The leadership of International Society for Civil Liberties & the Rule of Law wishes to observe that the Federation of Nigeria has remained a failed State 54 years after her independence from clutches of colonialism that commenced in 1861 with the infamous signing of the treaty of cession between then Oba Desomu of Lagos and the representatives of the then British Crown. Coincidentally, year 2014 also marks one hundred years or centenary anniversary of the British formal colonial incursion into Nigeria with the amalgamation of the country in 1914.
Standards to measure failed States have been commonly localized and internationalized. Part of such common index is located in the United Nations’ concept of security called Human Security. The human security concept was an effort to expand or broaden the world view of security, which was traditionally and hitherto seen as “State affair”. In 1994, the United Nations Development Program (UNDP) issued a report called “Concept of Human Security”. The Report says “the concept of security has for too long been interpreted narrowly: as security of territory from external aggression, or as protection of national interests in foreign policy or as a global security from the threat of a nuclear holocaust. It has been related more to nation-state than people. Forgotten were the legitimate concerns of ordinary people. For many of them, security symbolized protection from the threat of disease, hunger, unemployment, crime, social conflict, political repression, and environmental hazards”.
The popular report also named seven essentials of Human Security as “food security, economic security, health security, personal security, community security, environmental security and political security”. The Republic of South Africa, as a result, through its Department of Defense upgraded and expanded its notion of security in 1996. It says “Security is an all-encompassing condition in which individual citizens live in freedom, peace, and safety; to participate fully in the process of governance; enjoy the protection of fundamental rights; have access to resources and the basic necessities of life; and inhabit an environment which is not detrimental to their health and well-being”. Unfortunately and sadly too, the Federation of Nigeria has remained acutely static and crippled 54 years after her glorious independence. Using the above Seven Essentials of Human Security, as our standard of measurement, it is our observation that Nigeria has failed woefully in all of them.
In Environmental Security, Nigeria is a failed State. Since the infamous and criminal dumping of 4,000 tons of toxic wastes in 1988, which raised the country’s environmental awareness, mountainous threats to the country’s environmental security have dangerously remained unabated. Experts report that desert encroachment, for instance, has resulted to 0.6% kilometers yearly owing to publicly unchecked human activities including deforestation and overpopulation. In other words, desertification has continuously claimed 0.6% kilometers of former fertile and animal species-friendly lands annually in the “frontline States” of Sokoto, Borno, Bauchi, Kano, Katsina, Kebbi, Zamfara, Jigawa, Yobe and Gombe. Experts say the encroachment has affected between 50% and 75% landmass of the affected States, which also account for 38% of Nigeria’s total landmass. The encroachment carries with it health challenges and acute diseases such as heat-stroke, cerebral-spinal meningitis, severe acute respiratory syndrome and avian flu. It has also caused destruction and death of farmlands, crops and livestock.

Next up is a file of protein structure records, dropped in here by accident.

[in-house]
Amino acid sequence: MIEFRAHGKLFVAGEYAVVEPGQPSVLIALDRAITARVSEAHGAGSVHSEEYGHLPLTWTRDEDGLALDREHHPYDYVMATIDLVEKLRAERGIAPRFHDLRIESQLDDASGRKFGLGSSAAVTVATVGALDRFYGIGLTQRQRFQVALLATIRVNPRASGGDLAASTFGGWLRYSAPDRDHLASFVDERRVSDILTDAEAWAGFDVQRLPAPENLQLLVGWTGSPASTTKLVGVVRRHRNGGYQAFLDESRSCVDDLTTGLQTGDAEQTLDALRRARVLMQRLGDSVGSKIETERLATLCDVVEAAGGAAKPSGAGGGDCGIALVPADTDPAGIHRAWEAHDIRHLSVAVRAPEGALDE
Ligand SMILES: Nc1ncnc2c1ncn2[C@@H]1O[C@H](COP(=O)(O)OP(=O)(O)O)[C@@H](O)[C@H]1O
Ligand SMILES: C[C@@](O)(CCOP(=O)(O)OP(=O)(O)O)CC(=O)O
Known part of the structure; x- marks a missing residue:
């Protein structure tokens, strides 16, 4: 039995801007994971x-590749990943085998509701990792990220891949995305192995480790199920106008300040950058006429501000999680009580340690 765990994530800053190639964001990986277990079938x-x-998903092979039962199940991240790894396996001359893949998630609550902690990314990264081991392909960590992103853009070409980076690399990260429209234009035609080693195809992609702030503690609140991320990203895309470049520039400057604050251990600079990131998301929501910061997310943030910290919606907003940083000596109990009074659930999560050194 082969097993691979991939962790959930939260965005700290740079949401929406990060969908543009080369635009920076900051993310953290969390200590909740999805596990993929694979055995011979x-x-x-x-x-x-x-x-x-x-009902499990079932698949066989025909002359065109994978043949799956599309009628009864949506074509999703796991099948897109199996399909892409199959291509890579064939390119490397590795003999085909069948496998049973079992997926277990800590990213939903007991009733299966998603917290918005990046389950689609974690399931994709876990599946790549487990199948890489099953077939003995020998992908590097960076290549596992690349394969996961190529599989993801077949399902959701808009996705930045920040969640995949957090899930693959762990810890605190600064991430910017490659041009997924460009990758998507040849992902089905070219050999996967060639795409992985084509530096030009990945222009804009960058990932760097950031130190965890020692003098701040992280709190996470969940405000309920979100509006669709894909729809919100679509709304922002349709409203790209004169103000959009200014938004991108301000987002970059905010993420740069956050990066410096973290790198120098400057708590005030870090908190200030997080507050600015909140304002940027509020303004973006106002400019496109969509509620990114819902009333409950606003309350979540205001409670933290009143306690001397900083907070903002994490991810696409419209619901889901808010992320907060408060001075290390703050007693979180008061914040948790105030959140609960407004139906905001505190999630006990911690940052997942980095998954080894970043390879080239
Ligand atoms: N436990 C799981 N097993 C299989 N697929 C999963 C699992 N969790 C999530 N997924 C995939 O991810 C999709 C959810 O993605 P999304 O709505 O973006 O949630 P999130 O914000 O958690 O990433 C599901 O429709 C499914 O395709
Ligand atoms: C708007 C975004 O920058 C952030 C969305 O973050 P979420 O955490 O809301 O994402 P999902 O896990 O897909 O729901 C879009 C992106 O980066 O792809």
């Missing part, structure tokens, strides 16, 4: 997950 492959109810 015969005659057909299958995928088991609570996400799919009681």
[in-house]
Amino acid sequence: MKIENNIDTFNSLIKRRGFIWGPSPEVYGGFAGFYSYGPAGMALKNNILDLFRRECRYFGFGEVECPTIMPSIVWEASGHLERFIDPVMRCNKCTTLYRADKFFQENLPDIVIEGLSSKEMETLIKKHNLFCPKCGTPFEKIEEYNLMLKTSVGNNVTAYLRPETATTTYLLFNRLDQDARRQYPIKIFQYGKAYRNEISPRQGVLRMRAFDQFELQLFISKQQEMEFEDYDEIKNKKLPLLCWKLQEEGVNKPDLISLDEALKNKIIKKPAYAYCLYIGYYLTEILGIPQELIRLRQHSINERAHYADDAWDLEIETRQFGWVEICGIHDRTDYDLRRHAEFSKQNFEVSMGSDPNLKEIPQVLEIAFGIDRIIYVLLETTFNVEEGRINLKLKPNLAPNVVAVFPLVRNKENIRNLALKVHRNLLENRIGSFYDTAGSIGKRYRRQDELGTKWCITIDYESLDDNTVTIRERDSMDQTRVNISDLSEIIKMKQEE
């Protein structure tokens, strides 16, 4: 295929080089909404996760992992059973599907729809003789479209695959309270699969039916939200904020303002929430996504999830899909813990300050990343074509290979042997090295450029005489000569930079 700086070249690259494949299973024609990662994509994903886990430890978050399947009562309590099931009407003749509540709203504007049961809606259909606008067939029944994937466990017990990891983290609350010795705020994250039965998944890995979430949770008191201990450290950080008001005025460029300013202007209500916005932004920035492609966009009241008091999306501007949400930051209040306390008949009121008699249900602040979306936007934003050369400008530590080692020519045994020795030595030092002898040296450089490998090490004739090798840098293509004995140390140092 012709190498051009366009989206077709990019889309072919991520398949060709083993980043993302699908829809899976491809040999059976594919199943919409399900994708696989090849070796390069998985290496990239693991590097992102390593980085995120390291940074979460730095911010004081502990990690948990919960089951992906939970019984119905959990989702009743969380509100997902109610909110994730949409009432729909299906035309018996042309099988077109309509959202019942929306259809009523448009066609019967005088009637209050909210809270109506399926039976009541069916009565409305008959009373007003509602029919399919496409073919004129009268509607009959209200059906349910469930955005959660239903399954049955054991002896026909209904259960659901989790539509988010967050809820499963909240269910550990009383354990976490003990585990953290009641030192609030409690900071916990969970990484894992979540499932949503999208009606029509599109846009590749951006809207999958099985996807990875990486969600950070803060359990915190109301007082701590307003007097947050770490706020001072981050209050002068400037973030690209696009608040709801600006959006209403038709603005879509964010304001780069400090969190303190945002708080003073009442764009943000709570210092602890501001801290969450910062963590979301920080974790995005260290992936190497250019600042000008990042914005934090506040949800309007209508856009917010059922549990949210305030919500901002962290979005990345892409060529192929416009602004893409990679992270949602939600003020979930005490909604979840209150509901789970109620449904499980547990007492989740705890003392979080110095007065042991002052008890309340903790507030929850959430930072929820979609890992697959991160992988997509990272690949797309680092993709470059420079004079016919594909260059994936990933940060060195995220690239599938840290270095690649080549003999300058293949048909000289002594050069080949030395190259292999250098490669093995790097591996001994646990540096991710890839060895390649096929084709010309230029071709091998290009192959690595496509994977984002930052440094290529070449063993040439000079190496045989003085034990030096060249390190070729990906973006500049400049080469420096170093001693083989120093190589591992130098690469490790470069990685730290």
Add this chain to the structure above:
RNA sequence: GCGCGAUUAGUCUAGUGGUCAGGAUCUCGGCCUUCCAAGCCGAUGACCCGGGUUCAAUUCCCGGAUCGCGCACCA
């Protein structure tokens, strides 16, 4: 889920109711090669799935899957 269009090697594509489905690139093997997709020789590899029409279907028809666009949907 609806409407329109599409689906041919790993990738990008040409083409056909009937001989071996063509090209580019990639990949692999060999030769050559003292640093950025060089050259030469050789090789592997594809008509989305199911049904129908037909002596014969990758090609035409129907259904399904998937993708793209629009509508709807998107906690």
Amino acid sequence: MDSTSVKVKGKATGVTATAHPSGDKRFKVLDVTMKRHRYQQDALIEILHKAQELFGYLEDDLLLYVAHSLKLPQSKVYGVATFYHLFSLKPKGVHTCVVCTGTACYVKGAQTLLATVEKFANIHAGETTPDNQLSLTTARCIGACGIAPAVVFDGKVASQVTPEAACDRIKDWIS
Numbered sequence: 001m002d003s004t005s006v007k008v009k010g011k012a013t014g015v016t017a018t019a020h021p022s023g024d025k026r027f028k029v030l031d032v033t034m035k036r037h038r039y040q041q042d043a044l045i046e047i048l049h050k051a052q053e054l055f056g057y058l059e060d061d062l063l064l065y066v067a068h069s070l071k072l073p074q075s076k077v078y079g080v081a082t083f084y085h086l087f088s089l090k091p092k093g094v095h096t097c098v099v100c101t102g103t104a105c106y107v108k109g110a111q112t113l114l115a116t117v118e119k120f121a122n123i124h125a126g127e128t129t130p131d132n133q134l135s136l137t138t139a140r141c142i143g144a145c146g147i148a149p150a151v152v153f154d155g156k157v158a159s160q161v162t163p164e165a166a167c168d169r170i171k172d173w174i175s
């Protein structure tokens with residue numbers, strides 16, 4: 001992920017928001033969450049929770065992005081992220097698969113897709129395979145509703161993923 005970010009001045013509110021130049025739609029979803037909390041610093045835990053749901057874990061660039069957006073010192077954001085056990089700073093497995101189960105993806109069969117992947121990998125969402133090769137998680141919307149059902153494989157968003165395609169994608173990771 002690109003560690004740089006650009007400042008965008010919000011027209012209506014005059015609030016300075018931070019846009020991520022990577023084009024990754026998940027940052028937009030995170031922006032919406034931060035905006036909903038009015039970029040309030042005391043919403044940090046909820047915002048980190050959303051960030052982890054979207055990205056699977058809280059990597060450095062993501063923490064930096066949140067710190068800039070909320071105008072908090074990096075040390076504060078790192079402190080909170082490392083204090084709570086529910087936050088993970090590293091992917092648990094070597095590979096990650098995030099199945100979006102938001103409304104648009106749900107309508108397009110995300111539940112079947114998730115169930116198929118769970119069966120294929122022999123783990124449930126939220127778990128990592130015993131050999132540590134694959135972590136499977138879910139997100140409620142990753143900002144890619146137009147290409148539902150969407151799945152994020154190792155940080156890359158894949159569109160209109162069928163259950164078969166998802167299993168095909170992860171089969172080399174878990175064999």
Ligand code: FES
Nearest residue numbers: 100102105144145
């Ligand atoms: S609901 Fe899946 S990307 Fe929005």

In the Eastern part of the country, unchecked deforestation and acute absence of public reforestation policy has washed off soil nutrients, solidity and gums. This has led to incessant soil erosions and flooding and extinction of terrestrial wild life. In the West including Edo and Delta States, over logging without effective regeneration has made the inhabitants and wild lives in the area endangered species. Agricultural production in the area is also acutely threatened. At the State and national levels, Nigeria’s environment is steadily endangered. There are general problems of deforestation, overpopulation, desertification, urbanization and pollution. The country’s atmospheric environment is filled with greenhouse gases especially carbon dioxide and carbon monoxide. Over 60 million homes and industries in Nigeria still operate fuel and gas-powered generating sets owing to electric power epilepsy.
The various levels of government in Nigeria have continued to promote and tolerate over motorization, in place of effective and efficient public transport system and policy. On average, each economically stable family has at least five cars. In Anambra State, for instance, the menace of motorization was compounded by the immediate past government with the introduction of over 2000 various brands of new vehicles shared among government appointees, civil servants, traditional rulers and community leaders, women’s groups, security agencies, broadcasting agencies, professional bodies and civil society groups.